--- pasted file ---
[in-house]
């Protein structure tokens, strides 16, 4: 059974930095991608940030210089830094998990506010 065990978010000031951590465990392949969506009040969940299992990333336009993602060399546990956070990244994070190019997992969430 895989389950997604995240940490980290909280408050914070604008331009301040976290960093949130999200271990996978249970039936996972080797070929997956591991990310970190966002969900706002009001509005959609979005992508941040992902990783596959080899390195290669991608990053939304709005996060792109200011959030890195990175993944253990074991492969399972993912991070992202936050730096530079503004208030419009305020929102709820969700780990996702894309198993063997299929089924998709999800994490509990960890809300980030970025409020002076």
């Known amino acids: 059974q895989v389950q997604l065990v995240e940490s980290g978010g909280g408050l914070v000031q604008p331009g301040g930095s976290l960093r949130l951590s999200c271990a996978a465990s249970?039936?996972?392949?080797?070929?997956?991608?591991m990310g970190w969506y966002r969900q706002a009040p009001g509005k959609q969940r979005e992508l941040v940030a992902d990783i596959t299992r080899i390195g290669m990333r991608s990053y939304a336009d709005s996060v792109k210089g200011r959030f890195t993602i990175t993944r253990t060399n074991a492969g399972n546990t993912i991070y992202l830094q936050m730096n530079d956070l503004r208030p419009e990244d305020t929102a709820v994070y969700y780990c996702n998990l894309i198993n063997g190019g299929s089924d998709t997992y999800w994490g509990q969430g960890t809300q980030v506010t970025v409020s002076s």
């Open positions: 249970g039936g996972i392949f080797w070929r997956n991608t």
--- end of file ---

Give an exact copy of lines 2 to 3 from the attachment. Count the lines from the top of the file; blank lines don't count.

């Protein structure tokens, strides 16, 4: 059974930095991608940030210089830094998990506010 065990978010000031951590465990392949969506009040969940299992990333336009993602060399546990956070990244994070190019997992969430 895989389950997604995240940490980290909280408050914070604008331009301040976290960093949130999200271990996978249970039936996972080797070929997956591991990310970190966002969900706002009001509005959609979005992508941040992902990783596959080899390195290669991608990053939304709005996060792109200011959030890195990175993944253990074991492969399972993912991070992202936050730096530079503004208030419009305020929102709820969700780990996702894309198993063997299929089924998709999800994490509990960890809300980030970025409020002076």
């Known amino acids: 059974q895989v389950q997604l065990v995240e940490s980290g978010g909280g408050l914070v000031q604008p331009g301040g930095s976290l960093r949130l951590s999200c271990a996978a465990s249970?039936?996972?392949?080797?070929?997956?991608?591991m990310g970190w969506y966002r969900q706002a009040p009001g509005k959609q969940r979005e992508l941040v940030a992902d990783i596959t299992r080899i390195g290669m990333r991608s990053y939304a336009d709005s996060v792109k210089g200011r959030f890195t993602i990175t993944r253990t060399n074991a492969g399972n546990t993912i991070y992202l830094q936050m730096n530079d956070l503004r208030p419009e990244d305020t929102a709820v994070y969700y780990c996702n998990l894309i198993n063997g190019g299929s089924d998709t997992y999800w994490g509990q969430g960890t809300q980030v506010t970025v409020s002076s």